“I am a cricketer at heart and a politician by choice. I have never been against the cricket administration but I was only against maladministration. It is very important that cricketers need a strong voice in the Apex Council of the BCCI. Through the cricketers' body we will look into the wear and tear of players, scheduling of matches and workload of players. Majority of state associations don't have an insurance policy for its players. I have been given to understand that the women first-class cricketers don't have any pension and the international cricketers in the women's section get less pension that Ranji Trophy players,” Azad says.
As for Gaekwad, he is banking on his stint as CAC member, national selector and coach to present himself as someone who can be trusted to be the players' voice in the BCCI. “Time has come to make use of this wonderful opportunity through ICA to sort out many pending issues which can not be avoided any more by any one. I would earnestly take up issues with BCCI for betterment of cricketers at all levels such as mediclaim/insurance, pension to all cricketers, one-time benefit to all remaining cricketers, pension to continue to wives in case of deceased first-class cricketers as done in case of international cricketers, existing pension to be increased, more money share to domestic cricketers, all qualified coaches from NCA to be employed, create more job opportunities for retired cricketers and many more," Gaekwad said.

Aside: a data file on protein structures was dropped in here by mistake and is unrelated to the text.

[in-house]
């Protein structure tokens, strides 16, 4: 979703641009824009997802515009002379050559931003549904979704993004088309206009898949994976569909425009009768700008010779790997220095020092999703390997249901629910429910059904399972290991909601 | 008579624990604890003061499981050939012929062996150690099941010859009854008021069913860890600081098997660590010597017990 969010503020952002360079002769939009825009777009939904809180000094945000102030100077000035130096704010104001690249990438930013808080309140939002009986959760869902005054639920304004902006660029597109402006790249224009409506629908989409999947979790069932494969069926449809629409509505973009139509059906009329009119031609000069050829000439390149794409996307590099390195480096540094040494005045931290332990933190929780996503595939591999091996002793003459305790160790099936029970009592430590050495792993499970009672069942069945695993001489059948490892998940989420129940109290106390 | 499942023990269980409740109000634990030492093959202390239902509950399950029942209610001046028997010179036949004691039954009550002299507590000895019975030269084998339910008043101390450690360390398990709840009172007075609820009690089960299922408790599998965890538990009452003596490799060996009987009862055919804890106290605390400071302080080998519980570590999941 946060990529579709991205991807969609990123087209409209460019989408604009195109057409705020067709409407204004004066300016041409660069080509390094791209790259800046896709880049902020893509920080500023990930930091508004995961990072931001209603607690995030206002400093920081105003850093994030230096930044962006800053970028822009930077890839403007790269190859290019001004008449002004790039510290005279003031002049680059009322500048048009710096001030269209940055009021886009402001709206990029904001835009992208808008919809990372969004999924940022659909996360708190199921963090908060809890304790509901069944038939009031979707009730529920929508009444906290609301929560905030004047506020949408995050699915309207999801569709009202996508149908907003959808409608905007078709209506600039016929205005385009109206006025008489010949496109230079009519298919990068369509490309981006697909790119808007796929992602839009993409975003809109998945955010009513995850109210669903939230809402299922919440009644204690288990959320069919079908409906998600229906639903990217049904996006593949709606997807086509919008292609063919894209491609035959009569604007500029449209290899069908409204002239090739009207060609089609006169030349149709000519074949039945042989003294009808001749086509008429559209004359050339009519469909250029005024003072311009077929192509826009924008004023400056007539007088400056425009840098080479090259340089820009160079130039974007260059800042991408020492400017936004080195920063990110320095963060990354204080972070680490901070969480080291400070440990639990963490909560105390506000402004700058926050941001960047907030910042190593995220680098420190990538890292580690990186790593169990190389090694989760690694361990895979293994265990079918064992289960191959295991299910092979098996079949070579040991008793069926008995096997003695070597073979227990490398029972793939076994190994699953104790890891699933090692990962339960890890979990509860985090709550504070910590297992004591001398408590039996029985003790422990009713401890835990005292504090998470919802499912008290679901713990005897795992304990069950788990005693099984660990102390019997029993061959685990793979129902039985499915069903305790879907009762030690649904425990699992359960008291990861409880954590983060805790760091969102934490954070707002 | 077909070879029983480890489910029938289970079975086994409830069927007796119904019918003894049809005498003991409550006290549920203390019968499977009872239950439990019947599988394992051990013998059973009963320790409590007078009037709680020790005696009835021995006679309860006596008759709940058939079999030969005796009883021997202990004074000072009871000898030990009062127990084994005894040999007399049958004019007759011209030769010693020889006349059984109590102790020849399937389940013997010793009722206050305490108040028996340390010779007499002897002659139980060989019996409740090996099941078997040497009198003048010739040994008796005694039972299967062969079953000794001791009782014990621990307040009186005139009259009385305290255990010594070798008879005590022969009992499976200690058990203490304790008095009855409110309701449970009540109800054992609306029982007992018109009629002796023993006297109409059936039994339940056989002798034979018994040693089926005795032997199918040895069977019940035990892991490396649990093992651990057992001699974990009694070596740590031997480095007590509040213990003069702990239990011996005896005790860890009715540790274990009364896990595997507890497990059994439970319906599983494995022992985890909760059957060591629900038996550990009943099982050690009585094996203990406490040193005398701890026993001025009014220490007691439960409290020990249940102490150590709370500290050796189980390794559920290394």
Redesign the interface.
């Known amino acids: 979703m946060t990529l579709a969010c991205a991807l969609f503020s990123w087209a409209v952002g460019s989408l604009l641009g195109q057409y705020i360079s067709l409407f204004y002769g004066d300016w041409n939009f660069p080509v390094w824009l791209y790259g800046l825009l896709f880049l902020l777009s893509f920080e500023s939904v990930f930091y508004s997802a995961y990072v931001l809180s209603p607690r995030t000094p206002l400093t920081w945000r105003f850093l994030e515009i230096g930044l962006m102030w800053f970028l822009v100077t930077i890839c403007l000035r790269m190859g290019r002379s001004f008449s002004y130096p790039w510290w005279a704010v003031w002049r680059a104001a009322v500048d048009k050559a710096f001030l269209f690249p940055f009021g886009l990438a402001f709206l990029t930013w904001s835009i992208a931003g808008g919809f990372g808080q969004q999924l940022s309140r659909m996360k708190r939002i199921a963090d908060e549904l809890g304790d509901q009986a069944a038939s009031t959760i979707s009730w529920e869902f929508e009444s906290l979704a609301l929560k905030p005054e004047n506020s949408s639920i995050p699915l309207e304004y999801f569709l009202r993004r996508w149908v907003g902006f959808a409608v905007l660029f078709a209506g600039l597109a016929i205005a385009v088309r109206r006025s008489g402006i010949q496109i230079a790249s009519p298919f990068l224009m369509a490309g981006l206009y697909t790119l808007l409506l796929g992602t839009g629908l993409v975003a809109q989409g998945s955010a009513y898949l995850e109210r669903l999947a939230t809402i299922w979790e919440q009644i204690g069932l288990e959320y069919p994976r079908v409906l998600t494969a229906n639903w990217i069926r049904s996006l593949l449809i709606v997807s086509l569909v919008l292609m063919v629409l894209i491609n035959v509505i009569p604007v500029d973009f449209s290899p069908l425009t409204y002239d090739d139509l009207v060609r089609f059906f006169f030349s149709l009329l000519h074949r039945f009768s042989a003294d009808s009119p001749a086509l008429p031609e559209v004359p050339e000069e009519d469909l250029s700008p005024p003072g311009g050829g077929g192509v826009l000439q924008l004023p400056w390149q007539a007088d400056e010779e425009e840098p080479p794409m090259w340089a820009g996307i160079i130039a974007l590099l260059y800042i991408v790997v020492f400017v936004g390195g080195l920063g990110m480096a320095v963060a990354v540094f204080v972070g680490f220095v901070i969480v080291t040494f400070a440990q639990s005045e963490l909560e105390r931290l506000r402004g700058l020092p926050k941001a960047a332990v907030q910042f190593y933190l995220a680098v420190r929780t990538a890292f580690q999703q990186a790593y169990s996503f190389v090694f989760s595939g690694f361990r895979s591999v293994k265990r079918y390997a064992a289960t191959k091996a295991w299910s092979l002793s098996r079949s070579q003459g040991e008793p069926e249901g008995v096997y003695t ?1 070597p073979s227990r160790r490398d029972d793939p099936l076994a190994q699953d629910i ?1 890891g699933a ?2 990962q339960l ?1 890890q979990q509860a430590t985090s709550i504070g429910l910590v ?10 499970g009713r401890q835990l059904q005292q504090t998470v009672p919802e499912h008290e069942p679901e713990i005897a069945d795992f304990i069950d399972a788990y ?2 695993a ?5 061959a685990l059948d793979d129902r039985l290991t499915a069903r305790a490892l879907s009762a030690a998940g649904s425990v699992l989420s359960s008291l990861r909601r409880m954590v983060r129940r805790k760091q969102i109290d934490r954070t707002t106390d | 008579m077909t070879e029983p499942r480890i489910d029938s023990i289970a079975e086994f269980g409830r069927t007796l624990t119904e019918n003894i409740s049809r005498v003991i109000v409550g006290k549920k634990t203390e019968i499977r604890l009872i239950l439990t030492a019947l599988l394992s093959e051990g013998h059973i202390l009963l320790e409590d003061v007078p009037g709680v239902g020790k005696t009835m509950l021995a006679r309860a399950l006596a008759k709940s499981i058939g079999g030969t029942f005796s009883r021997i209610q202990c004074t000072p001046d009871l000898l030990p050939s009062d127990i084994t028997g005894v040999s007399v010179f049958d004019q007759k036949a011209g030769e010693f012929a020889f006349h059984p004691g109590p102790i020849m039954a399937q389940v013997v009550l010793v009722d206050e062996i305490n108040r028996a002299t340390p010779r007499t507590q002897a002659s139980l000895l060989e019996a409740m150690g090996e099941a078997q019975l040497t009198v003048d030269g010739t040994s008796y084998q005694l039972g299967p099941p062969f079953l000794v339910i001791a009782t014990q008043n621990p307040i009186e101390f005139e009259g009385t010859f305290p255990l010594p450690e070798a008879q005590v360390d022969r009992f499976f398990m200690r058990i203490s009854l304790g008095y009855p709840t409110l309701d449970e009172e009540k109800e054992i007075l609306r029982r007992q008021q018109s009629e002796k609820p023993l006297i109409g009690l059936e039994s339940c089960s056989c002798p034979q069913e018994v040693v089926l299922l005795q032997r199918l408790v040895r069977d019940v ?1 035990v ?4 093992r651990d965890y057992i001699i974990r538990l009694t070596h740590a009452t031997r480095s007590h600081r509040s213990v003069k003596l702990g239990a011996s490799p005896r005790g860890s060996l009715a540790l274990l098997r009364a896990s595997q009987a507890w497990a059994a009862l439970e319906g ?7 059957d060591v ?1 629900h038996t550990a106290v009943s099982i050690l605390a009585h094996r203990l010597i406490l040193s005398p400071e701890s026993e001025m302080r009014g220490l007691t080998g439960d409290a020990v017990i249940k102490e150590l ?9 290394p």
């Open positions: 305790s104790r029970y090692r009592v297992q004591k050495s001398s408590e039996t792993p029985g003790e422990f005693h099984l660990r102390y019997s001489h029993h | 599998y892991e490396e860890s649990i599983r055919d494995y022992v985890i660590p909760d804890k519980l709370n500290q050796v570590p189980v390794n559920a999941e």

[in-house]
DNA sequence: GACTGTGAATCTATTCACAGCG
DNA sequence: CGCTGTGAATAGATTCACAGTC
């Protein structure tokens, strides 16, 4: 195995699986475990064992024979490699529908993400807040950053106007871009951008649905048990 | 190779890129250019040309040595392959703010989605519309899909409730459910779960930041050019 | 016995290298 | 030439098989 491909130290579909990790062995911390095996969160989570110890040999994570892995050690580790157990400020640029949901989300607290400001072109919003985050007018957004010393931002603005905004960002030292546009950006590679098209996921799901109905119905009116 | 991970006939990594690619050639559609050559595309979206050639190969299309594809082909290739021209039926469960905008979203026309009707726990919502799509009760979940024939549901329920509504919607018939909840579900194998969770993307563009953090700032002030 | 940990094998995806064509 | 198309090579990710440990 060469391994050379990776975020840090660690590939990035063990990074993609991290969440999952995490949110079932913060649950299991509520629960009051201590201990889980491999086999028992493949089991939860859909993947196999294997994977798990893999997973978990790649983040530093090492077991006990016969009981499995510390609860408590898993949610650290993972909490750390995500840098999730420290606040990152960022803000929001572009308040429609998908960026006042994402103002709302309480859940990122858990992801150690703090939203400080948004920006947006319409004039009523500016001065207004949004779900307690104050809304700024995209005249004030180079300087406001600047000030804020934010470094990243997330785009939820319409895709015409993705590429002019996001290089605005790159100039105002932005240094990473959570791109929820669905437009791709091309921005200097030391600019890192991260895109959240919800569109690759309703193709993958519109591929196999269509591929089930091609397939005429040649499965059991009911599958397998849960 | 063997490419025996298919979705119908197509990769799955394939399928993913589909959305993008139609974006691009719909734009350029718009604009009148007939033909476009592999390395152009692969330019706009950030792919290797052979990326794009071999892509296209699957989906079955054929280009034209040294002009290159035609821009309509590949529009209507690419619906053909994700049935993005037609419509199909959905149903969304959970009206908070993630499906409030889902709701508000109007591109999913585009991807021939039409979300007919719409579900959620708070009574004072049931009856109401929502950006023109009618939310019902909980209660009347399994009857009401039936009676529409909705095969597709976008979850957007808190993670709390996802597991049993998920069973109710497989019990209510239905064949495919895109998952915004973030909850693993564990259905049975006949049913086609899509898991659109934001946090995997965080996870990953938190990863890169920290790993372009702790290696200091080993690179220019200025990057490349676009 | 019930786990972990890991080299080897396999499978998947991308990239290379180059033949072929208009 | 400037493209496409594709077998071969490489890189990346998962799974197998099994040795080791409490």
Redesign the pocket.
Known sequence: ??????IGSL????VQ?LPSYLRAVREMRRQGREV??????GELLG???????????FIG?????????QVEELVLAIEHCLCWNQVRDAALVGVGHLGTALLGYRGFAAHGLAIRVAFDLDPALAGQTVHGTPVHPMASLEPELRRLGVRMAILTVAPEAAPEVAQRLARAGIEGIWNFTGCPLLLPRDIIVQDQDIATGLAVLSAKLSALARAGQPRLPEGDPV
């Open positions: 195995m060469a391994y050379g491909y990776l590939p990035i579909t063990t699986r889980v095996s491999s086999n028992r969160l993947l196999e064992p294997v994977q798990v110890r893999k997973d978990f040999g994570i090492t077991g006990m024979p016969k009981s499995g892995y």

While the both Azad and Gaekwad don't seem to be in mood to concede an inch to the other, there is a lack of bitterness towards each other. They concede that they would have liked consensus for the election to the ICA board or representative nomination to BCCI. Both also speak about working together regardless the result of the election since, finally, the cricketers have a voice in the BCCI.
After two failed attempts to form a players association – Bishan Singh Bedi and Sunil Gavaskar tried it in 1976, followed by a rather lame attempt in 2001 – the Lodha reforms have ensured that the cricketers' solidarity is all set to be institutionalised. As for the Azad vs Gaekwad contest, it's a throw back to the 80s and it's North vs West rivalry, when Indian cricket took a giant leap despite the divided dressing room.